Skip to the important bit

From reader Joshua Bischof in e-mail on the 21st (boldface highlights the example sentence, call it (1); italics and underlining mark off important elements in (1)):

I just got this email from the superintendent of my kids’ school district:

This is Superintendent Bill Hall calling to wish everyone a very happy, healthy, and safe Thanksgiving break. I would also encourage you to go to our website at and watch the video regarding our District’s recently released ranking for our Pennsylvania Value Added Assessment Scores. After watching the video, I know you will be proud of your child, our teachers, and our District.

Interesting how effortlessly we retrieve you as the missing subject of the adjunct despite its position in the complement clause.

The initial phrase (italicized above) after watching the video, call it (1a), would be deprecated as a “dangling modifier” by many — but as Josh noted, it is effortlessly (and correctly) interpreted as having the addressee of (1) (and not the speaker of (1)) as the person watching the video.

(1) is a SPAR (a subjectless predicative adjunct requiring a referent for the missing subject), and the default is for a SPAR to pick up this referent from the subject of the clause the SPAR is adjunct to — the I of I know above — but that Subject Rule (SR) is only a default (not God’s Law, as some are inclined to see it), and is overridden in a large assortment of cases, in all of which the notion of discourse-prominence or –topicality (at some point in a discourse) plays a central role.

To appreciate what’s going on with (1), try replacing parts of the underlined portion (the subject and main verb think of the main clause) with other material:

(2) After watching the video, I knew you would be proud of…

(3) After watching the video, my friend Kim knows you will be proud of…

In both of these, the SR applies: it’s very hard to understand either as having the addressee as the person watching the video; instead, in (2) it’s the speaker and in (3) it’s the speaker’s friend Kim. So why is (1), with main clause I know you will be proud of…, different?

The crucial observation is that sentences with

1st-person subject, a mental action-verb (think, know, believe, be sure, …) in the simple PRS as main verb, and a clause as direct object

are subtly but significantly ambiguous, between a reportive sense (reporting on the contents of the speaker’s mind: roughly, ‘what I/we think / know / … is X’) and an expressive sense (just blurting out those contents). (The distinction is not new with me, but has been recognized for decades.) In reportive sentences, the syntactic structure matches semantic and discourse organization (with X conveyed in an object clause), but in expressive sentences, X is the main content, the important bit, and subj+vb functions as an (adverbial) modifier of this, indicating the source of X in the speaker’s mind.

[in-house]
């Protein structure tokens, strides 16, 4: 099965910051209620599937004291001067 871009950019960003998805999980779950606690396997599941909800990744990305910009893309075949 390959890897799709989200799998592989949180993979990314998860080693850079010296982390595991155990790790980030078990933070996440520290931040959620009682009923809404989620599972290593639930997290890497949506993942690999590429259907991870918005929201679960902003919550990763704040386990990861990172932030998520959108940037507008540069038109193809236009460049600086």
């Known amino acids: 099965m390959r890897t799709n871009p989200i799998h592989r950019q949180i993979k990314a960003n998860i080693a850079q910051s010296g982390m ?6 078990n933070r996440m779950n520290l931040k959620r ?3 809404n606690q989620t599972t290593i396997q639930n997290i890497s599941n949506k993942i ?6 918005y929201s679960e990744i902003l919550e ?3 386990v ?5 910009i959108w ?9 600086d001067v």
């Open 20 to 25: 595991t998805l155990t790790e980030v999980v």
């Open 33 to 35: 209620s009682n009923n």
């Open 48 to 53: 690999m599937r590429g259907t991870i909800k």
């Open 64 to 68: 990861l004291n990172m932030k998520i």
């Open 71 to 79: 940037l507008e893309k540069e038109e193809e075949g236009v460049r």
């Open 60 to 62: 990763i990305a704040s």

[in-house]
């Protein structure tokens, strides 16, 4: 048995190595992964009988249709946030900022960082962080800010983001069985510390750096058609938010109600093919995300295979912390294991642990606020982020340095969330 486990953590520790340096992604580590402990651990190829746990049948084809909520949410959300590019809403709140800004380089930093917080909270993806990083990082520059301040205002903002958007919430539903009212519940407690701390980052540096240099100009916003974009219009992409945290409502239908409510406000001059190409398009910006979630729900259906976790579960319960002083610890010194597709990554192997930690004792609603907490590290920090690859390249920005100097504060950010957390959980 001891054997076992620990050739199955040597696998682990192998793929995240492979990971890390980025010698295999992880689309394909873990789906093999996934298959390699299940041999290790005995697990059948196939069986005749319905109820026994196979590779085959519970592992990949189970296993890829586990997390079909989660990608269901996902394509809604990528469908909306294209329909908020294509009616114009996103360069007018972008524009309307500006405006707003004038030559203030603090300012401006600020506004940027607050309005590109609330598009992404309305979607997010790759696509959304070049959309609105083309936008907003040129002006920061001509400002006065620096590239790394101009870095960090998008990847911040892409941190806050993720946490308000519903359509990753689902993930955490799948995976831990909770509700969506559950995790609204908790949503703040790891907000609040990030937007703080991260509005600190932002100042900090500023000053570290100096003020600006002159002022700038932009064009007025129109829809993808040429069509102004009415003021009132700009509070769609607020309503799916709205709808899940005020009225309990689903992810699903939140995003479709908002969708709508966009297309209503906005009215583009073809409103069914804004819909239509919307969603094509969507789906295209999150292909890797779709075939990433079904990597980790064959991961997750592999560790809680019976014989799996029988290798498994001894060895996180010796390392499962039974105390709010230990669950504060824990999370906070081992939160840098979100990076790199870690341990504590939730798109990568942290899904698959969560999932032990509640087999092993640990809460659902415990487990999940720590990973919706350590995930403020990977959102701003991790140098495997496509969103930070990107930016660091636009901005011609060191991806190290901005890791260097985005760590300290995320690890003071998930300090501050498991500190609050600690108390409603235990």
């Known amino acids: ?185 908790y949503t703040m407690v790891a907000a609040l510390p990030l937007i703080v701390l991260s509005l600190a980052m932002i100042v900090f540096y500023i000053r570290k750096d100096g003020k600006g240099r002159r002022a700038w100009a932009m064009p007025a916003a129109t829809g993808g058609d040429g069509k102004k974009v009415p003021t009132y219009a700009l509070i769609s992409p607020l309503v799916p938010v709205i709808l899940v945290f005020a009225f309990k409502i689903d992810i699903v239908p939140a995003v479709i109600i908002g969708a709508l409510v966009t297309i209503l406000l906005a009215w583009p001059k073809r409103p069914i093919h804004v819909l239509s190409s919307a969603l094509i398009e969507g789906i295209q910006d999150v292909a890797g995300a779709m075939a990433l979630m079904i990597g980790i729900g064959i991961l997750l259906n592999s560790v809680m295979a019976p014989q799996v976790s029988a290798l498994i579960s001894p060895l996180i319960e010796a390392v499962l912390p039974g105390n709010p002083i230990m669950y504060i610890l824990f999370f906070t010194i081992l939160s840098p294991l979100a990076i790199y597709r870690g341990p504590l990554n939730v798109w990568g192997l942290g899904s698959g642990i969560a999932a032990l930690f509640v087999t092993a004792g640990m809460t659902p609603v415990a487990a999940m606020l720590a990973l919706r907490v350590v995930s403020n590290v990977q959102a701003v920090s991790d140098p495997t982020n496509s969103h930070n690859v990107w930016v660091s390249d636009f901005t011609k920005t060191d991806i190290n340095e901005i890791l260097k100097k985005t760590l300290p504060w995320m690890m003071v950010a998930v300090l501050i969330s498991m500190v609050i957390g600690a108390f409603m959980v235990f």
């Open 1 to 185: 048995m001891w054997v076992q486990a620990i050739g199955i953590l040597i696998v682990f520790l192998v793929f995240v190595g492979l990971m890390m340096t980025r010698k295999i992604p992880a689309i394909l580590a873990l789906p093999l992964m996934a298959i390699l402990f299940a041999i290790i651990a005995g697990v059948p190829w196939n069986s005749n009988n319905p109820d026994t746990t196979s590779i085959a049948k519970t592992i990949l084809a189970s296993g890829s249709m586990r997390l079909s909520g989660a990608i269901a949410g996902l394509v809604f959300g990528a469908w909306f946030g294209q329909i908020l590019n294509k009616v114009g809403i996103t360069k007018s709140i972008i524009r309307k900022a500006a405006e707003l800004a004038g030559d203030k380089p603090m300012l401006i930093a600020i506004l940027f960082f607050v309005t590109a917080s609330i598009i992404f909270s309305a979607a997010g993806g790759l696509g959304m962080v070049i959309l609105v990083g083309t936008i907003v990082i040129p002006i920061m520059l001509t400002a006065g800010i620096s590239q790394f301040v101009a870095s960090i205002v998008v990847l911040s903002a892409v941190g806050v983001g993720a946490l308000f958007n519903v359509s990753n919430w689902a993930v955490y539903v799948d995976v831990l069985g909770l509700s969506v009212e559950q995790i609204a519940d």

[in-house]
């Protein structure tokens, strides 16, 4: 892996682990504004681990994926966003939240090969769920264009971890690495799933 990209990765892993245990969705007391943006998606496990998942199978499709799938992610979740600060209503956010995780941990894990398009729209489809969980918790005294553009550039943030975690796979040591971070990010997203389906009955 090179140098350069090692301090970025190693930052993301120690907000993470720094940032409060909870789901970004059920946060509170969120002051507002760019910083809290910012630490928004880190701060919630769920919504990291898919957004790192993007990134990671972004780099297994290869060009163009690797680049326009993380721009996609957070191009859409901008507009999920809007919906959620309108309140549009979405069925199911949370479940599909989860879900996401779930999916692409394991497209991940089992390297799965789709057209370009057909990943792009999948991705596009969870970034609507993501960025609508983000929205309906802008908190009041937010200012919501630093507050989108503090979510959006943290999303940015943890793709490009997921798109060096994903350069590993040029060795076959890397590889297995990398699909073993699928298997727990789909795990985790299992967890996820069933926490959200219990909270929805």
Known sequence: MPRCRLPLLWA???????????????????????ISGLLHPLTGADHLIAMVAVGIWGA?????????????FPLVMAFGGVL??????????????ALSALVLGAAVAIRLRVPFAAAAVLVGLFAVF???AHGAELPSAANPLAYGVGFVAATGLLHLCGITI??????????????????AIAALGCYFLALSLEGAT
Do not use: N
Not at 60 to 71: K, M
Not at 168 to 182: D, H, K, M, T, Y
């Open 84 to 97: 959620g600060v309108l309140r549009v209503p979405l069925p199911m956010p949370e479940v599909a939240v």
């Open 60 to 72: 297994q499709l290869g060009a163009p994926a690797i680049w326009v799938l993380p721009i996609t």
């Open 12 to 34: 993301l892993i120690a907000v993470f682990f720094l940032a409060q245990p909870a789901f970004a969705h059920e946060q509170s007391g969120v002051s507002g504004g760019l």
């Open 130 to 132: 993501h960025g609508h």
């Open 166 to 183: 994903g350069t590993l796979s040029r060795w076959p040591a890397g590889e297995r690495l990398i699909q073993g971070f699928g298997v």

That is, in expressive sentences, subj+vb is functioning like a parenthetical modifier: (1) on its expressive interpretation is understood like (1′):

(1) I know you will be proud of your child…

(1′) you, I know, will be proud of your child… / you will, I know, be proud of your child… / you will be, I know, proud of your child… / you will be proud of your child…, I know

In still other words, on the expressive interpretation of (1), the addressee is discourse-prominent, foregrounded, highly topical (while the speaker is backgrounded). A SPAR wants to find an interpretation for its missing subject among highly topical entities, and in (1) interpreted expressively, that’s the addressee; ceteris paribus, the referent of a clause’s subject is highly topical (hence the SR).

Note that in this analysis (1) is ambiguous. All I’ve said above is that on the expressive interpretation of (1), the SPAR picks up you as its missing subject. But on the reportive interpretation of (1), the SPAR picks up I as its missing subject (by the SR). Both readings are possible, though the expressive reading is probably more plausible in the context.

(Note that there are severe restrictions on when an expressive interpretation is easily available. Hence, the difference between 1st-person subjects and others, as in (1) vs. (3); and between simple PRS verbs and others, as in (1) vs. (2).)

The distinction has come up at least once before in my postings on “danglers”: in a posting on 7/10/12, “Dangling in the comics”, on the example:

(4) Despite being an agnostic, I think Jesus Christ allegedly did some pretty cool stuff.

Again, I + mental-action verb as an assertion about the speaker’s thoughts or as a (parenthetical) modifier of an embedded object clause. But in this case, the intended reading was the reportive one, the one predicted by the SR; what I noted was that the expressive reading, though implausible (it has Jesus Christ being an agnostic), was also possible.

One Response to “Skip to the important bit”

  1. arnold zwicky Says:

    From (editor) Mike Pope on Facebook:

    One of the things we’re charged with while editing is helping to reduce the possibilities of ambiguity for ESL readers and for machine translation. I have some confidence that ESL readers can understand SPARs (well, maybe not always), but now I’m curious whether these would be traps for MT. Anyway, given this charter, I’d reflexively change the opening to “After you watch …,” even tho, as you note, native speaker would have a hard time not understanding it as written.

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